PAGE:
In celebration of Black History Month, more than 800 students, faculty, and staff from Historically Black Colleges and Universities (HBCUs) were in attendance for the 12th Annual HBCU Foreign Policy Conference, “Building Leadership for the Diplomats of Tomorrow,” held on February 25 and 26. This year’s conference took place virtually over two days for the first time due to the global health crisis caused by the COVID-19 pandemic.
On day one of the conference participants were given a warm welcome from Vice President of the United States, Kamala Harris an HBCU Alumnus of Howard University. Vice President Harris’s remarks emphasized the importance of the Biden Administration’s commitment to U.S. foreign policy priorities. She inspired HBCU students by stating, “Our strength at home depends on what we do abroad. Restoring our alliances, leading with diplomacy and supporting international institutions. And that’s why we need the brightest minds to forge new partnerships, to advance new policies, and to help solve these challenges.”
— Department of State (@StateDept) February 25, 2021
Secretary of State, Antony J. Blinken delivered welcoming remarks as well as providing an overview of his top priorities.“The Biden Administration has major challenges on our to do list – bringing an end to COVID-19, addressing the climate crisis, and creating a humane and effective immigration system. Not a single one of these challenges can be met by any one country, even the United States acting alone.”
Delighted to be part of this year’s HBCU Foreign Policy Conference. Historically Black Colleges and Universities have raised up American leaders for nearly two centuries, mobilizing change in communities, across the country, and around the world. We need your talents on our team. pic.twitter.com/Qm1hIbsFiV
— Secretary Antony Blinken (@SecBlinken) February 25, 2021
The afternoon breakout sessions featured various bureaus discussing their top policy priorities from regional and functional bureaus, including climate change, emerging technology, and digital diplomacy. The annual power panel spotlighting African American trailblazers spoke on the importance of striking the balance between prosperity of your people and your civic duties to your organization. Ambassador Teddy Taylor shared, “If each of us does our part, it becomes a larger effort with a larger impact. You have to define the prosperity.” When asked to name an influencer and their impact on their careers, Sr. Foreign Service Officer, Hugh Williams and Ambassador Teddy Taylor, named our third panelist and pioneer, Ambassador Aurealia Brazeal. Amb. Brazeal shared an anecdote from her personal influencer, Barbara Watson, the first black person and the first woman to serve as an Assistant Secretary of State. “I don’t buy turkeys even on Thanksgiving. When you attain a position with responsibilities and you have a staff, you don’t let other people be assigned to you, you choose your staff, you pick the people you want.”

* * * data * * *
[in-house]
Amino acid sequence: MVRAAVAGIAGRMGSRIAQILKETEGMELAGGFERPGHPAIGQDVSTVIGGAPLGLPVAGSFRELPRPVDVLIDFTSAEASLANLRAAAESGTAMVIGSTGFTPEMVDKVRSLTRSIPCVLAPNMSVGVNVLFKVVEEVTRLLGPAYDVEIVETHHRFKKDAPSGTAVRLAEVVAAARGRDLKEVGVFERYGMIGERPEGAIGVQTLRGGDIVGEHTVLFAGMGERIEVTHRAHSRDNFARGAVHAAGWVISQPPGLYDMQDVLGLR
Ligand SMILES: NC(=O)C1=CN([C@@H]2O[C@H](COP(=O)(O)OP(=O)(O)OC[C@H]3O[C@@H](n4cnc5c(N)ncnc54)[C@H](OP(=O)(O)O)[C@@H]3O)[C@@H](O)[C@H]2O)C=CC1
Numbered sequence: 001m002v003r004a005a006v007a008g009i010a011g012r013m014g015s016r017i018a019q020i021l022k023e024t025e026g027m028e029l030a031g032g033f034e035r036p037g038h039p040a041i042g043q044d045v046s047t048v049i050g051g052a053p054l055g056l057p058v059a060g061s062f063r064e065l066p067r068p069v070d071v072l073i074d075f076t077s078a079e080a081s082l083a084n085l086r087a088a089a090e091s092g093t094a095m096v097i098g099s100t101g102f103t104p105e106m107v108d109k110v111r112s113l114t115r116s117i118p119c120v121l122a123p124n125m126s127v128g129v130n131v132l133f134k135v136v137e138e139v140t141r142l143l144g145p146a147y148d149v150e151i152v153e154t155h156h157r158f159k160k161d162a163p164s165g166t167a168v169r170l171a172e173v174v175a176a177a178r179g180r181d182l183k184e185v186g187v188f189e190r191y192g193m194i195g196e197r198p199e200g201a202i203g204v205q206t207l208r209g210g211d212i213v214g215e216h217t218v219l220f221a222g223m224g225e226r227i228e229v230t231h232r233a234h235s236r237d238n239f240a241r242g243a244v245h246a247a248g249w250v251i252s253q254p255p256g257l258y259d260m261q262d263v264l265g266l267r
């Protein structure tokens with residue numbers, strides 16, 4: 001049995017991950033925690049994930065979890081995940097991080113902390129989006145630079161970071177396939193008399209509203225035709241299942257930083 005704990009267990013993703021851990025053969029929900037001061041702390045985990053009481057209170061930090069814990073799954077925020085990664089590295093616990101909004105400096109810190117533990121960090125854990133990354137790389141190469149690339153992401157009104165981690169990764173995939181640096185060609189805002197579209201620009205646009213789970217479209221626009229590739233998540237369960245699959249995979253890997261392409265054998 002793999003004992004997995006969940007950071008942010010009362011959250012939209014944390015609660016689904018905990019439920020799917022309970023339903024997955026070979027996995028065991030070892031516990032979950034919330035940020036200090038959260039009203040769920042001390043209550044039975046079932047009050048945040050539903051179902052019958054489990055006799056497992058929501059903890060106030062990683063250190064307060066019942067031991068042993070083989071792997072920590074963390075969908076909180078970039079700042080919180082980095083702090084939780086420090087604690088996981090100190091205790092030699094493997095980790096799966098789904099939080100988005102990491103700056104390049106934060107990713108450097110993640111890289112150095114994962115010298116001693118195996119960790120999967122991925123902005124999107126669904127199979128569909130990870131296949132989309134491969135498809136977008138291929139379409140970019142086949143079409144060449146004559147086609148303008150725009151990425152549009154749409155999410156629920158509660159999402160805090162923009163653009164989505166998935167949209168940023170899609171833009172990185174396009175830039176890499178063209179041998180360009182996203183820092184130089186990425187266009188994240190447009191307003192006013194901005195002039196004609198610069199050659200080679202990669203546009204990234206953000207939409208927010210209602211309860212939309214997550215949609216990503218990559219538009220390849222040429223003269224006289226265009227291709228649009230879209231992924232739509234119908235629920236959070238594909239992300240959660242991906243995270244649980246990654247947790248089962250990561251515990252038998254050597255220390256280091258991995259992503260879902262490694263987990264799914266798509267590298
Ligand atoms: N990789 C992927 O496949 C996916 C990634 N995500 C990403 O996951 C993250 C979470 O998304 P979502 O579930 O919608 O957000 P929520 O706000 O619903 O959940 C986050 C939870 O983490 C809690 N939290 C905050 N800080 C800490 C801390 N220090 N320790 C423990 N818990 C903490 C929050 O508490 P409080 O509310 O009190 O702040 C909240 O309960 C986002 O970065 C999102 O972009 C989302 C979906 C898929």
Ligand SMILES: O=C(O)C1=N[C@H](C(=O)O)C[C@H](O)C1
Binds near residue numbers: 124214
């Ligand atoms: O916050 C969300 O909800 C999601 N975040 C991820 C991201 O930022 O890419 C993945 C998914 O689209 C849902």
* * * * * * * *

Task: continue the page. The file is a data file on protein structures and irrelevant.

This year a new segment was added to the conference, a virtual networking lunch. This offered a number of regional and functional bureaus the opportunity to share their policy priorities live to the audience.
The Department was able to engage with more HBCU students and faculty with a virtual experience. Participants were able to engage in conversations between fellow students and department officials. The advantage of hosting a virtual conference is that it offers more students and faculty the opportunity to participate.
The Bureau of Global Public Affairs is delighted to engage with more HBCUs over the course of the year to promote U.S. foreign policy priorities, opportunities at State, and resources for engagement.
More information on how you can participate and support HBCU students and universities can be found here.
You can read more about why you should explore a career with the State Department here.
More information on career opportunities at the State Department can be found here.
About the Author: Kyla Hammond currently serves as a Management Analyst for the Bureau of Global Public Affairs at the U.S. Department of State.